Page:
Migrated from eDJGroupInc.com. Author: Greg Buckles. Published: 2014-06-23 20:00:00Format, images and links may no longer function correctly. 

With over 50 survey responses and my first round of focus interviews under my belt, some trends are beginning to surface about how and why consumers and providers use advanced analytics. Early feedback and product briefings led me to launch separate consumer/provider surveys to better understand the different markets. The initial survey results have validated that decision, while I have tried to keep the 7 questions as close as possible to enable a merged market overview. The surveys will stay up for a couple more weeks while I go into another round of focus interviews.  I target interviews for 15-30 minutes, but these keep running long with excellent insight from cutting edge practitioners. Right off the bat you can see below that providers and their customers have very different perceptions of the primary usage case for analytics.

Consumer Perspective – 32 Respondents

Provider Perspective – 27 Respondents


Providers seem to be laser focused on optimizing review efficiency, while my consumer interviews reflect a much wider set of drivers for analytics.  This makes sense when you consider the classic service provider role, but it means that some providers can miss the early strategic opportunities to resolve or minimize discovery. I had several reports of short sighted providers and law firms resisting adoption of true Predictive Coding for reviews for a wide variety of reasons. The use of analytics to optimize linear review sets enjoys far more widespread acceptance, though providers and law firms report having to make the ROI justification for the additional processing costs in most cases. This ‘Accelerated Review’ methodology was pioneered by Attenex and Stratify more than 10 years ago and it is much easier for counsel to understand how decisions are propagated in clusters. This transparency lowers adoption resistance and avoids some of the potential seed set disclosure traps I heard about from sharp eDiscovery litigators.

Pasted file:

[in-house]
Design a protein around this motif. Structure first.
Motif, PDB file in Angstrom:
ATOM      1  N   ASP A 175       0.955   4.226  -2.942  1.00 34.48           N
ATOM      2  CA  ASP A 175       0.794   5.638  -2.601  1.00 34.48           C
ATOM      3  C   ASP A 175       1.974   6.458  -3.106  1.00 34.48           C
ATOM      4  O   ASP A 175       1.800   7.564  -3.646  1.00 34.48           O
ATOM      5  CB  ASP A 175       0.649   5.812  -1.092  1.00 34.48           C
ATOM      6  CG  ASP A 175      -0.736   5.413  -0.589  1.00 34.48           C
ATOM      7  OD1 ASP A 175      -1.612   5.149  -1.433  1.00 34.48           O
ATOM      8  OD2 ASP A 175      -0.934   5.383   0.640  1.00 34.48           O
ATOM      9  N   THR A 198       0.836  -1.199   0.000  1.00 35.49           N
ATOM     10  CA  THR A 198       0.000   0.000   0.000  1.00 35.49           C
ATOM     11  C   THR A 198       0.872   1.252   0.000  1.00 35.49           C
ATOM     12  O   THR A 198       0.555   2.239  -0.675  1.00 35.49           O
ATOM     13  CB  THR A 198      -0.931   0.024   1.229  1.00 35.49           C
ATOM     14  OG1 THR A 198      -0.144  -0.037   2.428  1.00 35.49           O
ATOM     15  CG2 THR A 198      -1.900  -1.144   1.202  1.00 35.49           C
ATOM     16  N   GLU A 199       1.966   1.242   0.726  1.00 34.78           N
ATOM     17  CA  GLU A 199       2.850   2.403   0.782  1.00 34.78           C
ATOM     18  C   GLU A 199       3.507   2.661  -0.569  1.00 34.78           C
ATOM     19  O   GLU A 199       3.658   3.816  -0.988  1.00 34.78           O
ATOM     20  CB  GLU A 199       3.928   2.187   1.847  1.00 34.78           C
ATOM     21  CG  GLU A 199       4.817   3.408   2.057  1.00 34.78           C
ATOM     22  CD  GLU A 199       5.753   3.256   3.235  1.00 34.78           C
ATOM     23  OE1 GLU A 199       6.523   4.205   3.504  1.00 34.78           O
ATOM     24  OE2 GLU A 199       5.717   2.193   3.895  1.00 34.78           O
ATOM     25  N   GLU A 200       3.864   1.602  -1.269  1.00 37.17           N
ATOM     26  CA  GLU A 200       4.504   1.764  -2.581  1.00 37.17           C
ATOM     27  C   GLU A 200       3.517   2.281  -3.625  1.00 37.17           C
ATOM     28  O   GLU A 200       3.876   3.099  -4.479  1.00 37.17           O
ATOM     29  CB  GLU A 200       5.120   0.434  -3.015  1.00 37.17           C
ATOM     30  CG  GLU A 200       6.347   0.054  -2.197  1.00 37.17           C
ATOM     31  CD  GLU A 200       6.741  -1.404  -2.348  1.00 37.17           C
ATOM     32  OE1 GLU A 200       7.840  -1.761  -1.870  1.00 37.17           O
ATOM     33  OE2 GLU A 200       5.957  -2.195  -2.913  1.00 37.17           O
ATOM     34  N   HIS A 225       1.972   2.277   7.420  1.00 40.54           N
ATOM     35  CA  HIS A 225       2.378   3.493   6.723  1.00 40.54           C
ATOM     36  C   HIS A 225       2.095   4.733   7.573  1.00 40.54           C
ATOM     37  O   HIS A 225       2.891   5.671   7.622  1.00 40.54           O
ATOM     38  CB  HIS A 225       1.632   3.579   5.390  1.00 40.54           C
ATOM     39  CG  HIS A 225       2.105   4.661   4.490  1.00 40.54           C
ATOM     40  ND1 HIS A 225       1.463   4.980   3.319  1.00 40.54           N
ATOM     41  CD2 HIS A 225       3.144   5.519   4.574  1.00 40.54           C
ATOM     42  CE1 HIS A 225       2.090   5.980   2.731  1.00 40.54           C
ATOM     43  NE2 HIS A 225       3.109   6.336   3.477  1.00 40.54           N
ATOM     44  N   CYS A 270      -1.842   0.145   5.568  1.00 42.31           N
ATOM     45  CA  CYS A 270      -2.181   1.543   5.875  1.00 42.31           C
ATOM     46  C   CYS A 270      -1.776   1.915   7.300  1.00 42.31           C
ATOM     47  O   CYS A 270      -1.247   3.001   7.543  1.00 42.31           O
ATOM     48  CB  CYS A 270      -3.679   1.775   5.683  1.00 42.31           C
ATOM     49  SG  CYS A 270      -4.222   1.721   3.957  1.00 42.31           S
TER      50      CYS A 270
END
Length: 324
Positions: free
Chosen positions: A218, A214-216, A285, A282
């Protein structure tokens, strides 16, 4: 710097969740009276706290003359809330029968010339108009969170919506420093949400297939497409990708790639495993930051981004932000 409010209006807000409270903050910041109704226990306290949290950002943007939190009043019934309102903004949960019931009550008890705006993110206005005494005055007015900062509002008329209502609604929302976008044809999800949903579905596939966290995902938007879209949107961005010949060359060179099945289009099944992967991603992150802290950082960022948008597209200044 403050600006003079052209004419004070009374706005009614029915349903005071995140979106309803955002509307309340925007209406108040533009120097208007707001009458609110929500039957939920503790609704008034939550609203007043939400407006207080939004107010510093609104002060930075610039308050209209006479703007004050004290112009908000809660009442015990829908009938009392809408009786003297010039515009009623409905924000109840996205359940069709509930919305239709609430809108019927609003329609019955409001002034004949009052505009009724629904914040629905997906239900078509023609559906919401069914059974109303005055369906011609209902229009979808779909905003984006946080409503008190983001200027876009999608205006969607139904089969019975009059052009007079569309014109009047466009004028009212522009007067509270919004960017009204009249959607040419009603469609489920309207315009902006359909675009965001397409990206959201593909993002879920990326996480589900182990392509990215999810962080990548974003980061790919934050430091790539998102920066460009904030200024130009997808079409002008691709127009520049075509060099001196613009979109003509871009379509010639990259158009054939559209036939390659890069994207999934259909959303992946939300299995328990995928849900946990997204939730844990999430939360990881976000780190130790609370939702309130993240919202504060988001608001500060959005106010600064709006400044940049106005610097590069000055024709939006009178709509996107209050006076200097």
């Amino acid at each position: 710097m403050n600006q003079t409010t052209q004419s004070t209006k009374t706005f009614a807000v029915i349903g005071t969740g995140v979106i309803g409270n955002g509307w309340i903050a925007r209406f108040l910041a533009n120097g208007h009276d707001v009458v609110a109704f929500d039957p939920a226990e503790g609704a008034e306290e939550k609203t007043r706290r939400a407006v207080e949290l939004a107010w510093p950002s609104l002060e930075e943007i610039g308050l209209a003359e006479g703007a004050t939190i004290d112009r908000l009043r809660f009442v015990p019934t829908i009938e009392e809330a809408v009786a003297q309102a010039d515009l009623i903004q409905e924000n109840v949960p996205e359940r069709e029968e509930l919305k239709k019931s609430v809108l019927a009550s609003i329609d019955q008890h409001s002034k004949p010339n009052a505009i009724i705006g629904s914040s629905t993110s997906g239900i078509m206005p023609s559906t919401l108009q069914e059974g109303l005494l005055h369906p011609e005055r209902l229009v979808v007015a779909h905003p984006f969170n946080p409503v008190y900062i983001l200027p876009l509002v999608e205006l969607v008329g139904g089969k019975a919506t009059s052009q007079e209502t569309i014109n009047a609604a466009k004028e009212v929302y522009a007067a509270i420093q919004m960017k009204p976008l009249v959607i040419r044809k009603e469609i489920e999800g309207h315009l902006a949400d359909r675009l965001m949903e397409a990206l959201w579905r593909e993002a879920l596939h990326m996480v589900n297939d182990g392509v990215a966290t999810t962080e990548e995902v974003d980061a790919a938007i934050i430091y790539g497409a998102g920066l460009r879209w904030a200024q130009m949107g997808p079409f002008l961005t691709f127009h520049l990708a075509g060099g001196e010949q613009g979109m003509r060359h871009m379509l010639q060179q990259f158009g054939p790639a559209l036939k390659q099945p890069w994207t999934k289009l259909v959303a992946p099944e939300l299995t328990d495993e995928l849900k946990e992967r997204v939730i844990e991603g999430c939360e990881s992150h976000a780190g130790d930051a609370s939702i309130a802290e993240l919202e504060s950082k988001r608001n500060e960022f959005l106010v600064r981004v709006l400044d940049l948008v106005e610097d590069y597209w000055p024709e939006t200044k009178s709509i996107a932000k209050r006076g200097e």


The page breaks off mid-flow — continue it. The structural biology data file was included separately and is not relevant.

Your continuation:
The surprising figure from consumers is the almost 20% that see the primary benefit as the strategic advantage from analysis. My interviews expanded this answer with usage scenarios where firm and corporate lit support is expected to triage early collections from key custodians so that counsel can make the risk-liability-cost decision. This kind of early analysis has been at the heart of the ‘big data’ index providers who have been promising search and more from live data sources. Instead of performing ECA on the live systems, my respondents reported using targeted collections on key document sets and some optimized searches. The important story is consumers seeing value in resolving the case or the discovery as quickly as possible, rather than the traditional delaying tactics seen for too many years.

So take my survey and shoot me a note if you have 15 minutes to chat about what you are using analytics for.

Take eDJ’s monthly survey on Analytics Adoption for Consumers AND Providers to get premium access to profiles.

eDJ Group is proud to promote the Information Governance Initiative’s 2014 IG Annual Survey. We encourage you to participate and will share our insights on year to year trends when the survey is closed.

Join Greg in Houston at the upcoming  ARMA International regional program on June 30. InfoGov: Getting Your Data House in Order to Avoid Litigation Costs and Risk.

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